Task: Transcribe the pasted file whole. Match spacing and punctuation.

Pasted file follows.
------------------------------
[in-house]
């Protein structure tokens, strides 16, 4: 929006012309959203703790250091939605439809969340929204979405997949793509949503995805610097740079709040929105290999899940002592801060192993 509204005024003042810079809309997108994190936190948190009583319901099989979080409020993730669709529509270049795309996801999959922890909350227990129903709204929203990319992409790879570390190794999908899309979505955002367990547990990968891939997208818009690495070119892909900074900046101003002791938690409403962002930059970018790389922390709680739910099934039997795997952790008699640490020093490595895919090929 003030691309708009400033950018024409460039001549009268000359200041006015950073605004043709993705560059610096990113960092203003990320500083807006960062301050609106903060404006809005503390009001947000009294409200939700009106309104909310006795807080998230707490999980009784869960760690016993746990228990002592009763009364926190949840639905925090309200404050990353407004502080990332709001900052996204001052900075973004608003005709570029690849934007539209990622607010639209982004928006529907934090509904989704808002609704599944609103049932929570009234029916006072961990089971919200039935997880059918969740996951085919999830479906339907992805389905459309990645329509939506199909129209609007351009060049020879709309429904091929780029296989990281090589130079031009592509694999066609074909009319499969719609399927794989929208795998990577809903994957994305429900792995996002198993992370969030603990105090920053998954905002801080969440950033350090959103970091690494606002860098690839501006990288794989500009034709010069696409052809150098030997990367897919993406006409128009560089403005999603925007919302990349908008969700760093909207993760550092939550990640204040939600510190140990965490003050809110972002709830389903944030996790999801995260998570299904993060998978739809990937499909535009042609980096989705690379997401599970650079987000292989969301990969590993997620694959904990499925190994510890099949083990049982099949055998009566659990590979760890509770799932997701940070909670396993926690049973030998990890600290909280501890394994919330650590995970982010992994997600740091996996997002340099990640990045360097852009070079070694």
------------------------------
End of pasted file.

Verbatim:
[in-house]
């Protein structure tokens, strides 16, 4: 929006012309959203703790250091939605439809969340929204979405997949793509949503995805610097740079709040929105290999899940002592801060192993 509204005024003042810079809309997108994190936190948190009583319901099989979080409020993730669709529509270049795309996801999959922890909350227990129903709204929203990319992409790879570390190794999908899309979505955002367990547990990968891939997208818009690495070119892909900074900046101003002791938690409403962002930059970018790389922390709680739910099934039997795997952790008699640490020093490595895919090929 003030691309708009400033950018024409460039001549009268000359200041006015950073605004043709993705560059610096990113960092203003990320500083807006960062301050609106903060404006809005503390009001947000009294409200939700009106309104909310006795807080998230707490999980009784869960760690016993746990228990002592009763009364926190949840639905925090309200404050990353407004502080990332709001900052996204001052900075973004608003005709570029690849934007539209990622607010639209982004928006529907934090509904989704808002609704599944609103049932929570009234029916006072961990089971919200039935997880059918969740996951085919999830479906339907992805389905459309990645329509939506199909129209609007351009060049020879709309429904091929780029296989990281090589130079031009592509694999066609074909009319499969719609399927794989929208795998990577809903994957994305429900792995996002198993992370969030603990105090920053998954905002801080969440950033350090959103970091690494606002860098690839501006990288794989500009034709010069696409052809150098030997990367897919993406006409128009560089403005999603925007919302990349908008969700760093909207993760550092939550990640204040939600510190140990965490003050809110972002709830389903944030996790999801995260998570299904993060998978739809990937499909535009042609980096989705690379997401599970650079987000292989969301990969590993997620694959904990499925190994510890099949083990049982099949055998009566659990590979760890509770799932997701940070909670396993926690049973030998990890600290909280501890394994919330650590995970982010992994997600740091996996997002340099990640990045360097852009070079070694």